For many non-tradesmen, finding a trustworthy plumber is a job that can feel just as laborious as taking a spanner themselves to whatever needs fixing.
In a recent survey, plumbing was rated as the most in-demand trade in the job market. But with many entering the profession with varied qualifications and different backgrounds, most people don’t know where to start when it comes to finding who they’re looking for.
If you’re looking to become a plumber yourself, there are several ways to make their lives easier. By assembling the all-important skill set that the best plumbers should possess, you can provide standout customer service and build your reputation — vital for longevity in the industry.
With that in mind, here are our five top tips for being a successful plumber.
1. Get Certified
Nowadays, there are qualifications recommended for new plumbers to demonstrate their skills. Newcomers can’t generally rely on word-of-mouth and a network in the early days, so it’s a good plan to complete your plumber’s apprenticeship with a firm that will award you an NVQ certification or equivalent after your training. These training schemes will give you the knowledge and on-site experience to prepare for your career, and give you the credentials to back up your expertise.
It’s also vital to have plumbers insurance to your name. Comprehensive cover can help build trust between you and your clients, and safeguard your business financially. As the insurance experts at Tradesman Saver explain: “You can do your best to ensure your operations are safe, but sometimes accidents happen. As such, a plumbers liability insurance policy helps to protect your business should an incident lead to repair costs or legal fees”
2. Demonstrate Experience
Experience is the best teacher. Thankfully, the aforementioned qualifications typically ask for both theoretical knowledge and practical application, because there’s nothing like learning on the job.
The best plumbers will be able to turn their hand to any job and get it done well, so make sure to take on any new experience across a wide variety of fields, whether it’s commercial, residential, service and repair, or something else. In doing so, you can make yourself the one to call for a range of jobs, not just a select few — and succeed as an all-rounder.
3. Practise Safety on the Job
Safety measures on the job are paramount. In the trade, plumbers regularly deal with complicated, dangerous circumstances such as asbestos exposure, confined space and power-tool use, so it’s best to practise precaution on every job, regardless of your level of experience. This is also reassuring to your clients and the best practice for your own career — you can’t get many jobs done with a broken arm.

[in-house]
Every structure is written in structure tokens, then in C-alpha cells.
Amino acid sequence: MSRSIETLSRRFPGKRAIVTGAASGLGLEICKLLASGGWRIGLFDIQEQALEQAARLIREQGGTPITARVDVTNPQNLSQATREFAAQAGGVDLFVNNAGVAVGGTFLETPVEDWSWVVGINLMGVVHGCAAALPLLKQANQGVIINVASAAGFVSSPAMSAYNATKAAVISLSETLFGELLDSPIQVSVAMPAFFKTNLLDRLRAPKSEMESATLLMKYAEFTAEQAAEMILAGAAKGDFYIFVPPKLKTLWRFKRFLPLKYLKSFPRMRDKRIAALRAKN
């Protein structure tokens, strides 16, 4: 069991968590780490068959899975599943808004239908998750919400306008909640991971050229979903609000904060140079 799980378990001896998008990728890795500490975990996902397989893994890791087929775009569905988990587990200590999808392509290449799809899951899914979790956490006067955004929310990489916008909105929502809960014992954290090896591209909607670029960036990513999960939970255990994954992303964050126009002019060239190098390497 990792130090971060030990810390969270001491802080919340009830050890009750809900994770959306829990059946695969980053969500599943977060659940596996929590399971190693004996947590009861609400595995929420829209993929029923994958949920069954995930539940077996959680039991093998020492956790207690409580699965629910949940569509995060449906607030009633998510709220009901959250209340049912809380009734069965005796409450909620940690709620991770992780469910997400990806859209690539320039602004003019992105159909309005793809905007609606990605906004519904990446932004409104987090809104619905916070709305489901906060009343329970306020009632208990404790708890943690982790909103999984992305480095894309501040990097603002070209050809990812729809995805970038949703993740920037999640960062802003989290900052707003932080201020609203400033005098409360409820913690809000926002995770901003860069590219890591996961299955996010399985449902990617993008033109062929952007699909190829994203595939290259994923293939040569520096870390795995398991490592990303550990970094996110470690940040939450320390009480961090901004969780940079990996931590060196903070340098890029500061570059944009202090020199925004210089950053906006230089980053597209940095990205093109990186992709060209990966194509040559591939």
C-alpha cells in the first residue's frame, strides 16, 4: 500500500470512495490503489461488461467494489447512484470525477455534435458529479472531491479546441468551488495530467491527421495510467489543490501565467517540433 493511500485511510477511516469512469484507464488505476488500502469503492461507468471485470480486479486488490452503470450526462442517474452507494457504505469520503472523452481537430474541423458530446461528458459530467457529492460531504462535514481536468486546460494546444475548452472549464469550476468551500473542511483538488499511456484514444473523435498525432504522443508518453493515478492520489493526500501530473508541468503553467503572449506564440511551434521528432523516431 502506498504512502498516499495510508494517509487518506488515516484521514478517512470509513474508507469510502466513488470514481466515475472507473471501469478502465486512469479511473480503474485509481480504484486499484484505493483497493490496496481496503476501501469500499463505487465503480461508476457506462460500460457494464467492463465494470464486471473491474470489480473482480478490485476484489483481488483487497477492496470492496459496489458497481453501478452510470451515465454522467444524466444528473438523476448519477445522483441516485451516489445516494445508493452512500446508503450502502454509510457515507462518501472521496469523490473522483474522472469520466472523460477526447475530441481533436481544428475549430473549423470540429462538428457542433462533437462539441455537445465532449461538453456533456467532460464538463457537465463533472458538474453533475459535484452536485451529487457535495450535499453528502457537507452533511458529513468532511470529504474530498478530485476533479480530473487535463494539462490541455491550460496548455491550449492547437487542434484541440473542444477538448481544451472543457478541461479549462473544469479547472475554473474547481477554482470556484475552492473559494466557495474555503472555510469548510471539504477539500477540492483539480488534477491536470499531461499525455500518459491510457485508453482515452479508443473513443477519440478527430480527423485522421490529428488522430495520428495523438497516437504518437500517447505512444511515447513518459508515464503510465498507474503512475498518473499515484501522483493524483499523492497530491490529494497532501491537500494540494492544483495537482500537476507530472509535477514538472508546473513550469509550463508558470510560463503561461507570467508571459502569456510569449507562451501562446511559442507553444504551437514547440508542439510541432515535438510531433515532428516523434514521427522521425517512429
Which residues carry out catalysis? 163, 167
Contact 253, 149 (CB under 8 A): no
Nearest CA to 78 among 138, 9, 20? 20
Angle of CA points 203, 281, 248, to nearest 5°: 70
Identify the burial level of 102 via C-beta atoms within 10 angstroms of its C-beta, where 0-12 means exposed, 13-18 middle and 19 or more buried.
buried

For example, adequate bodily protections should always be worn when dealing with tricky materials and chemicals. Using gloves is a simple way to prevent injury and skin contact, as well as safety glasses and face masks when appropriate. Inspections should be carried out regularly, especially when working at heights, which are the most common cause of accidents at work.
4. Be a Problem-Solver
A good deal of the time, you might find that the client isn’t sure exactly what’s wrong — but they know something’s up when they can’t have a hot shower. Possessing the problem-solving ability to assess and diagnose a wide range of plumbing issues is half of the job, with the other half then fixing the problem.
When carrying out service work, no job is likely to ever be the same. Therefore, it’s essential to have the mechanical know-how and good sense to determine the best course of action. This is especially true when dealing with situations with the potential to affect health and livelihood, that need a quick and well-reasoned response.
5. Communicate well
When you’re hired for a job, the customer is inviting you into their home. Whether they’re the kind to serve endless tea and biscuits or to disappear and leave you to it, effective communication goes a long way to ensure that each party feels safe and able to get on with what they need to do.
This means you should have an open line of communication throughout the job, be it big or small. Be on hand to address any concerns the customer has, and make it clear that no question is a stupid question. You’re the expert, and it’s your responsibility to make sure they know what they’ll be paying and what they’re getting for their money. Discuss all the necessary logistics in advance, such as how long you’ll take, and when they should expect to not have access to gas or water, and be transparent if any issues arise.